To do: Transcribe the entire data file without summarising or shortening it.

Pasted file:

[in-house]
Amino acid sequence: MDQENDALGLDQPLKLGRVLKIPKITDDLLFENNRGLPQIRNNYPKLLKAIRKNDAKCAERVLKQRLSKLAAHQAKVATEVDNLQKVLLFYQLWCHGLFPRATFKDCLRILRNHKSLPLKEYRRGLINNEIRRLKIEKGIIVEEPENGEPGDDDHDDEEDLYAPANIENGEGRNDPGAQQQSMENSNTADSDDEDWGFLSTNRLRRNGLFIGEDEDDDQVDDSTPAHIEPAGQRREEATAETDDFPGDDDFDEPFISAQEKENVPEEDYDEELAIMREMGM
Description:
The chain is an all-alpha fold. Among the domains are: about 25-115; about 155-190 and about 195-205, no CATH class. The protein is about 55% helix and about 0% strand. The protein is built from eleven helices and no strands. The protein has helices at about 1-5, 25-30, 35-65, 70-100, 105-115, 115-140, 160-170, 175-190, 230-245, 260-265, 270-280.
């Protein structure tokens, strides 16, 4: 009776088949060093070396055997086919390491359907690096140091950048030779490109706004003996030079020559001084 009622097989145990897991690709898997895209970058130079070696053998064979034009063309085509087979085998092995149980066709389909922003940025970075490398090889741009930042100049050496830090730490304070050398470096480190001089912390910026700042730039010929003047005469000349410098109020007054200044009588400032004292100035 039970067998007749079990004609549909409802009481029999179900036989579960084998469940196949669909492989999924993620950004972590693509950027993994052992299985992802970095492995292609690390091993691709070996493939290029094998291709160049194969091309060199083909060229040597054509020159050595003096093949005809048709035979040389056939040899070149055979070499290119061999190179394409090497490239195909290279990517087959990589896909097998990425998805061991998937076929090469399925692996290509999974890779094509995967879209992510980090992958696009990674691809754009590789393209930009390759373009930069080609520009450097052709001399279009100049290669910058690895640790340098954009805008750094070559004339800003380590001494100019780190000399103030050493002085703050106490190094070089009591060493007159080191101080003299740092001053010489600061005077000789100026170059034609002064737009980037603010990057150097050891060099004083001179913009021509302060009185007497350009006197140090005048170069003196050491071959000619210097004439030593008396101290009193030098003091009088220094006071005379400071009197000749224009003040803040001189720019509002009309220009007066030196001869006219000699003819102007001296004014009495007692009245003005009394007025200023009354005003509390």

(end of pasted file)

[in-house]
Amino acid sequence: MDQENDALGLDQPLKLGRVLKIPKITDDLLFENNRGLPQIRNNYPKLLKAIRKNDAKCAERVLKQRLSKLAAHQAKVATEVDNLQKVLLFYQLWCHGLFPRATFKDCLRILRNHKSLPLKEYRRGLINNEIRRLKIEKGIIVEEPENGEPGDDDHDDEEDLYAPANIENGEGRNDPGAQQQSMENSNTADSDDEDWGFLSTNRLRRNGLFIGEDEDDDQVDDSTPAHIEPAGQRREEATAETDDFPGDDDFDEPFISAQEKENVPEEDYDEELAIMREMGM
Description:
The chain is an all-alpha fold. Among the domains are: about 25-115; about 155-190 and about 195-205, no CATH class. The protein is about 55% helix and about 0% strand. The protein is built from eleven helices and no strands. The protein has helices at about 1-5, 25-30, 35-65, 70-100, 105-115, 115-140, 160-170, 175-190, 230-245, 260-265, 270-280.
């Protein structure tokens, strides 16, 4: 009776088949060093070396055997086919390491359907690096140091950048030779490109706004003996030079020559001084 009622097989145990897991690709898997895209970058130079070696053998064979034009063309085509087979085998092995149980066709389909922003940025970075490398090889741009930042100049050496830090730490304070050398470096480190001089912390910026700042730039010929003047005469000349410098109020007054200044009588400032004292100035 039970067998007749079990004609549909409802009481029999179900036989579960084998469940196949669909492989999924993620950004972590693509950027993994052992299985992802970095492995292609690390091993691709070996493939290029094998291709160049194969091309060199083909060229040597054509020159050595003096093949005809048709035979040389056939040899070149055979070499290119061999190179394409090497490239195909290279990517087959990589896909097998990425998805061991998937076929090469399925692996290509999974890779094509995967879209992510980090992958696009990674691809754009590789393209930009390759373009930069080609520009450097052709001399279009100049290669910058690895640790340098954009805008750094070559004339800003380590001494100019780190000399103030050493002085703050106490190094070089009591060493007159080191101080003299740092001053010489600061005077000789100026170059034609002064737009980037603010990057150097050891060099004083001179913009021509302060009185007497350009006197140090005048170069003196050491071959000619210097004439030593008396101290009193030098003091009088220094006071005379400071009197000749224009003040803040001189720019509002009309220009007066030196001869006219000699003819102007001296004014009495007692009245003005009394007025200023009354005003509390």